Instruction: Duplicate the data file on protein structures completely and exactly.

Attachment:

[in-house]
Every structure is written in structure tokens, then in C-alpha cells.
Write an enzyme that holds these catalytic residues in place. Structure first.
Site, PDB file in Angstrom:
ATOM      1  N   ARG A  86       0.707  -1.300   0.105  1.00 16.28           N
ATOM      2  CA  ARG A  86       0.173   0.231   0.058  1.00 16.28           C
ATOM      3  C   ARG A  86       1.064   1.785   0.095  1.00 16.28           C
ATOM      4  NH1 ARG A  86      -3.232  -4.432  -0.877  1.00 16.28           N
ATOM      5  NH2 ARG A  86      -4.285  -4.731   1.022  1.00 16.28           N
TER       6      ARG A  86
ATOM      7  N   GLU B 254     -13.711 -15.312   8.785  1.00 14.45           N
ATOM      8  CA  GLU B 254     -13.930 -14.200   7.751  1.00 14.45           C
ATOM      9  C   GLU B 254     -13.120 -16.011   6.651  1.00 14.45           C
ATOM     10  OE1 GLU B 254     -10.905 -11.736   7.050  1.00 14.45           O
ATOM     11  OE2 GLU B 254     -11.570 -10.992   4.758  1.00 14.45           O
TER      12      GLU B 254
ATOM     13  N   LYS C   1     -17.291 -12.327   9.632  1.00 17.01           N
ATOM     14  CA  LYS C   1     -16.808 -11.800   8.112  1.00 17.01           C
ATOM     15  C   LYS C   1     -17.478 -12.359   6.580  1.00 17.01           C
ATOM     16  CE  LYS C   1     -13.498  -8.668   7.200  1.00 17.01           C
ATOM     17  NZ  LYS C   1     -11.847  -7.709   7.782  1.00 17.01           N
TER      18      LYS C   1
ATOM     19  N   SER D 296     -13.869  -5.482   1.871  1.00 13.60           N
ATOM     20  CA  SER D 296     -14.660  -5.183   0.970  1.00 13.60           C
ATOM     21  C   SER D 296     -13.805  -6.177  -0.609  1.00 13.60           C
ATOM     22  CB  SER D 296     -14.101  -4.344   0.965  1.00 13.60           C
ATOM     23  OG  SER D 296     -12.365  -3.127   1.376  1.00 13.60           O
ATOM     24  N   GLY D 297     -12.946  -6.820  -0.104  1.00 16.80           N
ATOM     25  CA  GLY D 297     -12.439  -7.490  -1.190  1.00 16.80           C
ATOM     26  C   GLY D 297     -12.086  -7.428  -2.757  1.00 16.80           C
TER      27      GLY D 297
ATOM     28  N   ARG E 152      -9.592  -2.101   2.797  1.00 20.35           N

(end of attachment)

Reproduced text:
[in-house]
Every structure is written in structure tokens, then in C-alpha cells.
Write an enzyme that holds these catalytic residues in place. Structure first.
Site, PDB file in Angstrom:
ATOM      1  N   ARG A  86       0.707  -1.300   0.105  1.00 16.28           N
ATOM      2  CA  ARG A  86       0.173   0.231   0.058  1.00 16.28           C
ATOM      3  C   ARG A  86       1.064   1.785   0.095  1.00 16.28           C
ATOM      4  NH1 ARG A  86      -3.232  -4.432  -0.877  1.00 16.28           N
ATOM      5  NH2 ARG A  86      -4.285  -4.731   1.022  1.00 16.28           N
TER       6      ARG A  86
ATOM      7  N   GLU B 254     -13.711 -15.312   8.785  1.00 14.45           N
ATOM      8  CA  GLU B 254     -13.930 -14.200   7.751  1.00 14.45           C
ATOM      9  C   GLU B 254     -13.120 -16.011   6.651  1.00 14.45           C
ATOM     10  OE1 GLU B 254     -10.905 -11.736   7.050  1.00 14.45           O
ATOM     11  OE2 GLU B 254     -11.570 -10.992   4.758  1.00 14.45           O
TER      12      GLU B 254
ATOM     13  N   LYS C   1     -17.291 -12.327   9.632  1.00 17.01           N
ATOM     14  CA  LYS C   1     -16.808 -11.800   8.112  1.00 17.01           C
ATOM     15  C   LYS C   1     -17.478 -12.359   6.580  1.00 17.01           C
ATOM     16  CE  LYS C   1     -13.498  -8.668   7.200  1.00 17.01           C
ATOM     17  NZ  LYS C   1     -11.847  -7.709   7.782  1.00 17.01           N
TER      18      LYS C   1
ATOM     19  N   SER D 296     -13.869  -5.482   1.871  1.00 13.60           N
ATOM     20  CA  SER D 296     -14.660  -5.183   0.970  1.00 13.60           C
ATOM     21  C   SER D 296     -13.805  -6.177  -0.609  1.00 13.60           C
ATOM     22  CB  SER D 296     -14.101  -4.344   0.965  1.00 13.60           C
ATOM     23  OG  SER D 296     -12.365  -3.127   1.376  1.00 13.60           O
ATOM     24  N   GLY D 297     -12.946  -6.820  -0.104  1.00 16.80           N
ATOM     25  CA  GLY D 297     -12.439  -7.490  -1.190  1.00 16.80           C
ATOM     26  C   GLY D 297     -12.086  -7.428  -2.757  1.00 16.80           C
TER      27      GLY D 297
ATOM     28  N   ARG E 152      -9.592  -2.101   2.797  1.00 20.35           N